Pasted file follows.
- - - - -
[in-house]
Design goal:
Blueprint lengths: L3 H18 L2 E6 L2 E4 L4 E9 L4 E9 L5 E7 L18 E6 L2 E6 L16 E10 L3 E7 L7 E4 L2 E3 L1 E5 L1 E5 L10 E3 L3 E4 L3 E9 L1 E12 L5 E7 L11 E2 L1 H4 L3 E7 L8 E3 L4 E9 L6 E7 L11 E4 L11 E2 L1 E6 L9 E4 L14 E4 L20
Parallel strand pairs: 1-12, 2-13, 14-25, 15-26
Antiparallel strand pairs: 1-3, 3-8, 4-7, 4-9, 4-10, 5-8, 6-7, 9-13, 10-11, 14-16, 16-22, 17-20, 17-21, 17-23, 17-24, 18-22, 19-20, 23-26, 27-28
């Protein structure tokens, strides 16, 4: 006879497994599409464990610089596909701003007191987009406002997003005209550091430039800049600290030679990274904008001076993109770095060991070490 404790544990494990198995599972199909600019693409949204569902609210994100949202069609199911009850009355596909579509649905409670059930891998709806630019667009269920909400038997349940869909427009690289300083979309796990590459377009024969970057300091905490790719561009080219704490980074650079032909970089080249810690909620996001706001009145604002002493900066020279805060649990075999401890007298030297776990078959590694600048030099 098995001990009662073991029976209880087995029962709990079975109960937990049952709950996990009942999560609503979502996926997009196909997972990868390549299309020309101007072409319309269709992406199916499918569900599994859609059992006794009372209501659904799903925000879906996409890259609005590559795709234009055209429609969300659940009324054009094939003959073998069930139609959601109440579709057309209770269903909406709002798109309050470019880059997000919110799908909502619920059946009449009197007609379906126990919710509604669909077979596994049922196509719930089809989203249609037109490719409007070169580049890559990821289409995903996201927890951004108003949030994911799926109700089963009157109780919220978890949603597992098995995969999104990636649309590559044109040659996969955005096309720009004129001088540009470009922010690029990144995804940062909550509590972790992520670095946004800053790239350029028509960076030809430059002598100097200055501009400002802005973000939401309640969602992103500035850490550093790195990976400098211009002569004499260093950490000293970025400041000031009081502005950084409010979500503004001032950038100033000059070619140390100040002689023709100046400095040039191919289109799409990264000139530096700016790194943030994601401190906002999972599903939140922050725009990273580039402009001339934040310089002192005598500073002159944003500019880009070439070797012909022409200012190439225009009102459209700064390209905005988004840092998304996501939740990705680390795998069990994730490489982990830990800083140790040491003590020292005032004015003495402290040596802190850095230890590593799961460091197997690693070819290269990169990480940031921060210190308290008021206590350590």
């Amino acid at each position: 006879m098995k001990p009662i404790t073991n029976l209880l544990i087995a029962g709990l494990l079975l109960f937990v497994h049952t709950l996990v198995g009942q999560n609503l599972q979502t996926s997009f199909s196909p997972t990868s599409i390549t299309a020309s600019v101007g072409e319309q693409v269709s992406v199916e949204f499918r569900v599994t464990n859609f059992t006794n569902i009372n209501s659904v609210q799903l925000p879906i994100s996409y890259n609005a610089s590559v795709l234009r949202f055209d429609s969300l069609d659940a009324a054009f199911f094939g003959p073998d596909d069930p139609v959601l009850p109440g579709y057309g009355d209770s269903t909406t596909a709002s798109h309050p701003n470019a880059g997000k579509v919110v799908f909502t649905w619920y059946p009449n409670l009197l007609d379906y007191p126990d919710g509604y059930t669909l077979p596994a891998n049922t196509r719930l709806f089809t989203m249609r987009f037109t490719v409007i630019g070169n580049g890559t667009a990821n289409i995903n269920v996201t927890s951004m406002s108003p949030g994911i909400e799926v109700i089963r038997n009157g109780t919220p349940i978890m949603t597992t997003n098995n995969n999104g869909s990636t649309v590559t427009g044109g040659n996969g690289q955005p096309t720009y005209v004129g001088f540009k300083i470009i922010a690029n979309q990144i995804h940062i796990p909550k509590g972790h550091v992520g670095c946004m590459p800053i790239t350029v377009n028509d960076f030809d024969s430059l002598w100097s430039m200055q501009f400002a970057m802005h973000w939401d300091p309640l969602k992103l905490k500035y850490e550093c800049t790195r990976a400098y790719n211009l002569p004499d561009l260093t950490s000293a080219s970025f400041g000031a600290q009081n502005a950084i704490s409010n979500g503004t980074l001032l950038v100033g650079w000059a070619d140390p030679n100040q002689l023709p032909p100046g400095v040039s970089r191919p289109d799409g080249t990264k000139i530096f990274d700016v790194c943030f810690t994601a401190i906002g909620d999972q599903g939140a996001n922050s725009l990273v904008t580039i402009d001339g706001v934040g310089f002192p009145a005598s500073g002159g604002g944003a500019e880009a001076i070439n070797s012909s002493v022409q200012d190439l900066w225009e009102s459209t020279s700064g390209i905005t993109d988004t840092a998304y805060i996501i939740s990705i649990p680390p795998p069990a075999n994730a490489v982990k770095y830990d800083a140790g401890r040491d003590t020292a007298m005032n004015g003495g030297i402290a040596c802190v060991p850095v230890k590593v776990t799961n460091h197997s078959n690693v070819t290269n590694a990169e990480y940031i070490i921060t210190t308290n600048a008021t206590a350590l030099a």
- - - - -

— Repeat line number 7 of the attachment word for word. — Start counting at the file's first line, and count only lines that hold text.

């Amino acid at each position: 006879m098995k001990p009662i404790t073991n029976l209880l544990i087995a029962g709990l494990l079975l109960f937990v497994h049952t709950l996990v198995g009942q999560n609503l599972q979502t996926s997009f199909s196909p997972t990868s599409i390549t299309a020309s600019v101007g072409e319309q693409v269709s992406v199916e949204f499918r569900v599994t464990n859609f059992t006794n569902i009372n209501s659904v609210q799903l925000p879906i994100s996409y890259n609005a610089s590559v795709l234009r949202f055209d429609s969300l069609d659940a009324a054009f199911f094939g003959p073998d596909d069930p139609v959601l009850p109440g579709y057309g009355d209770s269903t909406t596909a709002s798109h309050p701003n470019a880059g997000k579509v919110v799908f909502t649905w619920y059946p009449n409670l009197l007609d379906y007191p126990d919710g509604y059930t669909l077979p596994a891998n049922t196509r719930l709806f089809t989203m249609r987009f037109t490719v409007i630019g070169n580049g890559t667009a990821n289409i995903n269920v996201t927890s951004m406002s108003p949030g994911i909400e799926v109700i089963r038997n009157g109780t919220p349940i978890m949603t597992t997003n098995n995969n999104g869909s990636t649309v590559t427009g044109g040659n996969g690289q955005p096309t720009y005209v004129g001088f540009k300083i470009i922010a690029n979309q990144i995804h940062i796990p909550k509590g972790h550091v992520g670095c946004m590459p800053i790239t350029v377009n028509d960076f030809d024969s430059l002598w100097s430039m200055q501009f400002a970057m802005h973000w939401d300091p309640l969602k992103l905490k500035y850490e550093c800049t790195r990976a400098y790719n211009l002569p004499d561009l260093t950490s000293a080219s970025f400041g000031a600290q009081n502005a950084i704490s409010n979500g503004t980074l001032l950038v100033g650079w000059a070619d140390p030679n100040q002689l023709p032909p100046g400095v040039s970089r191919p289109d799409g080249t990264k000139i530096f990274d700016v790194c943030f810690t994601a401190i906002g909620d999972q599903g939140a996001n922050s725009l990273v904008t580039i402009d001339g706001v934040g310089f002192p009145a005598s500073g002159g604002g944003a500019e880009a001076i070439n070797s012909s002493v022409q200012d190439l900066w225009e009102s459209t020279s700064g390209i905005t993109d988004t840092a998304y805060i996501i939740s990705i649990p680390p795998p069990a075999n994730a490489v982990k770095y830990d800083a140790g401890r040491d003590t020292a007298m005032n004015g003495g030297i402290a040596c802190v060991p850095v230890k590593v776990t799961n460091h197997s078959n690693v070819t290269n590694a990169e990480y940031i070490i921060t210190t308290n600048a008021t206590a350590l030099a």